Mobile devices have smaller screens, making it more difficult for even security-aware users to vet any suspicious links since links are truncated and can’t always be “hovered” over to preview. This makes users more susceptible to phishing attacks or malicious links. And how many times have you or someone you know connected to the Wi-Fi in a coffee shop, restaurant, store, etc? These networks, always unsecured, leave your devices vulnerable to man-in-the-middle (MitM) attacks, exposing your data to bad actors and potentially compromising your device with implanted adware or other malware.

It’s (nearly) an accepted fact that laptops and desktops need malware protection, but this doesn’t carry over to mobile devices. Users tend to be less security-minded when it comes to their phones; the mobile nature of these devices carries over to their quick, less-thoughtful usage, meaning bad actors have to do less work to wreak havoc. That suspicious email you’d scrutinize on your laptop? You might not think twice about its legitimacy on your phone, clicking legitimate-looking links that take you to a spoofed website. Users also tend to trust apps offered on native or third-party app stores, but these are not always guaranteed safe with some malicious apps making it onto app stores. Users don’t always investigate why some apps need the permissions they request — why would a calculator app need access to my camera and location, for example?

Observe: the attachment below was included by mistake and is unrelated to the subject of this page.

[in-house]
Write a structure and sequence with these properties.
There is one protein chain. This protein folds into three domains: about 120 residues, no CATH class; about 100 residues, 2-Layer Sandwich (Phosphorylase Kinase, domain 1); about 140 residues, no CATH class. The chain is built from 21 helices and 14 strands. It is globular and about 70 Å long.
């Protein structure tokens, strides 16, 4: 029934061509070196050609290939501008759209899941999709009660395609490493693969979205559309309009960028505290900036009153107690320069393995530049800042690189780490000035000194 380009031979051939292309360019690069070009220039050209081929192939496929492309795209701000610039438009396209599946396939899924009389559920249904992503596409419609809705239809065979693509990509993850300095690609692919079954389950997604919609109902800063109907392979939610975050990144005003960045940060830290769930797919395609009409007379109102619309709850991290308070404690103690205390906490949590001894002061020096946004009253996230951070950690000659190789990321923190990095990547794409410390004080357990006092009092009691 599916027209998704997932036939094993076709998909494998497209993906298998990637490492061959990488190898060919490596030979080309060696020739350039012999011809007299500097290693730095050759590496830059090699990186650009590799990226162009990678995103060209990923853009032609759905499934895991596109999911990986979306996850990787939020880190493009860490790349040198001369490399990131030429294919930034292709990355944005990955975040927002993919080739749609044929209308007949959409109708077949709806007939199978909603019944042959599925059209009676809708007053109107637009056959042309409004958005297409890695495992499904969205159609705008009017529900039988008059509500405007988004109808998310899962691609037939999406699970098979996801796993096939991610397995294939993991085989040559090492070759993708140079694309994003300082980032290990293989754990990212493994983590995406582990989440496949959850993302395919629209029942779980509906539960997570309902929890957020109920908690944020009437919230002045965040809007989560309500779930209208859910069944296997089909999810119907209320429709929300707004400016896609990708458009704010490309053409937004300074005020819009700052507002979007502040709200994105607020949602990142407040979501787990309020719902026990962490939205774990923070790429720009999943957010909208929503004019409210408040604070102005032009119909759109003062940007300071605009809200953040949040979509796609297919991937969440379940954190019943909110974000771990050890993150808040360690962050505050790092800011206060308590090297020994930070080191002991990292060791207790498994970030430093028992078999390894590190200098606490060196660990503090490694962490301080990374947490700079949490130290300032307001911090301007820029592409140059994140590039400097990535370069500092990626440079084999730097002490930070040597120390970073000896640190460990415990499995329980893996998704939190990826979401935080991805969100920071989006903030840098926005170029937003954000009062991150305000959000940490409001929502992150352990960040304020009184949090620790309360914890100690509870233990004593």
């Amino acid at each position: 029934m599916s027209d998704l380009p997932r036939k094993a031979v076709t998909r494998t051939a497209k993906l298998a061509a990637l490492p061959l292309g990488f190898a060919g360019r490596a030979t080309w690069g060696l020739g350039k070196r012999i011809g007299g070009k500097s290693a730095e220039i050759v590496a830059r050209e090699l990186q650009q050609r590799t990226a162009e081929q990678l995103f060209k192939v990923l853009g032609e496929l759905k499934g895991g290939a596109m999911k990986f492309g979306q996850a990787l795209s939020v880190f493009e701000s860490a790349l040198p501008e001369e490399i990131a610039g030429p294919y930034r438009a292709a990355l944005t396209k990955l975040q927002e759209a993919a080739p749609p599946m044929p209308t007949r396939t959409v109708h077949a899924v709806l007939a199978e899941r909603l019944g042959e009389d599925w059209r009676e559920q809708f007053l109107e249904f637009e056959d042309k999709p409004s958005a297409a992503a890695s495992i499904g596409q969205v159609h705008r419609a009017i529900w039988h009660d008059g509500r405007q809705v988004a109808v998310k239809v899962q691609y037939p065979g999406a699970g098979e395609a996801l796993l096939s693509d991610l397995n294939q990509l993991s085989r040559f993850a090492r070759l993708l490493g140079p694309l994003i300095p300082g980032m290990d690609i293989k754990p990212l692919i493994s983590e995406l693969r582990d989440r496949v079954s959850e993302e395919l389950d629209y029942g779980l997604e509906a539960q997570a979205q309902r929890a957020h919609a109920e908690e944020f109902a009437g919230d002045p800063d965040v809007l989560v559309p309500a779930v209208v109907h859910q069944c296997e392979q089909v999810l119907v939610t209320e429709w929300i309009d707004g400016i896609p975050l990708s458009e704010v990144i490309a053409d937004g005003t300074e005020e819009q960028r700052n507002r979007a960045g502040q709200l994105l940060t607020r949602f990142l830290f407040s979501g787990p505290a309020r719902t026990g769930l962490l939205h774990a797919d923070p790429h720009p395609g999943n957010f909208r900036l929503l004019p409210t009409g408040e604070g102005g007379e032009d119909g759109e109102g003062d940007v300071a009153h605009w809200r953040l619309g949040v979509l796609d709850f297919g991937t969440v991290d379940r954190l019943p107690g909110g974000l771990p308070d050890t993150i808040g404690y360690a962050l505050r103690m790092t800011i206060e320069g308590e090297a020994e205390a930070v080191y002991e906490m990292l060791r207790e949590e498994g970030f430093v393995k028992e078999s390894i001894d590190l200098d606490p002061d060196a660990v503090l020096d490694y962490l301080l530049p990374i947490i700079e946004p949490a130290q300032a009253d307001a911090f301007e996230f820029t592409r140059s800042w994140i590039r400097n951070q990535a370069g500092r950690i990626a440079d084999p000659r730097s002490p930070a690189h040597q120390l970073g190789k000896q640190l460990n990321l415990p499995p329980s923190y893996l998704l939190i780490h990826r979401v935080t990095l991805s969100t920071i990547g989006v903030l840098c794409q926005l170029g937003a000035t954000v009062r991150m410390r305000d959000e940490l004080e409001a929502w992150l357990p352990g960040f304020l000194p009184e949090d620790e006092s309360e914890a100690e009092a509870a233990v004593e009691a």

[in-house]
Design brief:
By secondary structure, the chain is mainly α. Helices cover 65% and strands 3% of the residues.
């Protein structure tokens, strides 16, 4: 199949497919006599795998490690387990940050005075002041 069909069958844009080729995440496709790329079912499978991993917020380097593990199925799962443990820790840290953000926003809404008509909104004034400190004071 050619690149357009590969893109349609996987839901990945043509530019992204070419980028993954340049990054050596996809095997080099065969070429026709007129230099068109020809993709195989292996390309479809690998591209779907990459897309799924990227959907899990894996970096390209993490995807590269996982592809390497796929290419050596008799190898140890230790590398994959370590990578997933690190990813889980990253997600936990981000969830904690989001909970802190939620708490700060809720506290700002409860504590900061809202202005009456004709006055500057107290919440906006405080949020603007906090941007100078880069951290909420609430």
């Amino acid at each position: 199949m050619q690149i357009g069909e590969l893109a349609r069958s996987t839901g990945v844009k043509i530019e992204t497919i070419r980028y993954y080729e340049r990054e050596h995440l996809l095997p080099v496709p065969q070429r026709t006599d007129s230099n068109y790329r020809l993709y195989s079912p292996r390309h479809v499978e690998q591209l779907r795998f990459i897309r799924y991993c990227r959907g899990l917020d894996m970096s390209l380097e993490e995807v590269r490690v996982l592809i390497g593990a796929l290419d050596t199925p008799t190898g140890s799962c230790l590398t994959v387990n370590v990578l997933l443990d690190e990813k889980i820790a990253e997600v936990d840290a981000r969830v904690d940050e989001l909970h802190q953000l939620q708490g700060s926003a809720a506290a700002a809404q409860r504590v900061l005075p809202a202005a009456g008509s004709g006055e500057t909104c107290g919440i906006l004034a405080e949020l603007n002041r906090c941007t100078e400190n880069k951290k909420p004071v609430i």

Additionally, it’s common for users to defer both app and OS updates, even if they involve security updates to critical vulnerabilities.

In other words, there a few ways bad actors attack your device:

  • Infected applications: hackers infect known applications or create their own and are usually downloaded from third-party app stores
  • Malvertising: online advertisements are infected with malware, distributed by ad networks and appear silently on legitimate sites
  • Scams or phishing: rely on the user being redirected to a malicious web page after clicking on a malicious email, text message, or pop-up screen
  • Direct to device: requires direct access to the device to download or sideload malware

How do you identify malware on your device?

A few signs you’ve got mobile malware and your device has been compromised include:

  • Battery draining faster
  • Pop-up ads
  • Unexplained apps
  • A surge in data consumption
  • Unexplained charges
  • Reduced performance

What to do if you think your device has been infected with malware?

So you’ve got malware, what now?

Reset or restore your device following these steps for iOS:

  1. Use iCloud to back up the data on your device
  2. Go to Settings > General > Reset
  3. Click “erase all content and settings” to clear all apps and data
  4. Restart your iOS device and set it up again.
  5. Sign in to iCloud when you set up your iOS device and restore your backed-up data.
  6. Review and re-download safe apps again from the App Store.

If your mobile device is managed by an organization, check to see if the organization has a mobile threat defense product deployed and notify your security team.

Watch out for warnings of identity theft and put a fraud alert or credit freeze on your credit account.

Mobile malware prevention

The best remedy is prevention. Stay safe from malware by following this guidance:

  • Don’t download apps from third-party app stores
  • Don’t jailbreak your device
  • Read the reviews before downloading apps
  • Install OS updates as soon as they are available to ensure important security patches are in place
  • Check app permissions before installing an app in case it is asking to access something it doesn’t need to, such as camera access for a calendar app, for example.

Protect your mobile devices with Jamf Protect.

Photo of Liarna La Porta
Liarna La Porta
Liarna La Porta, Manager, Corporate Communications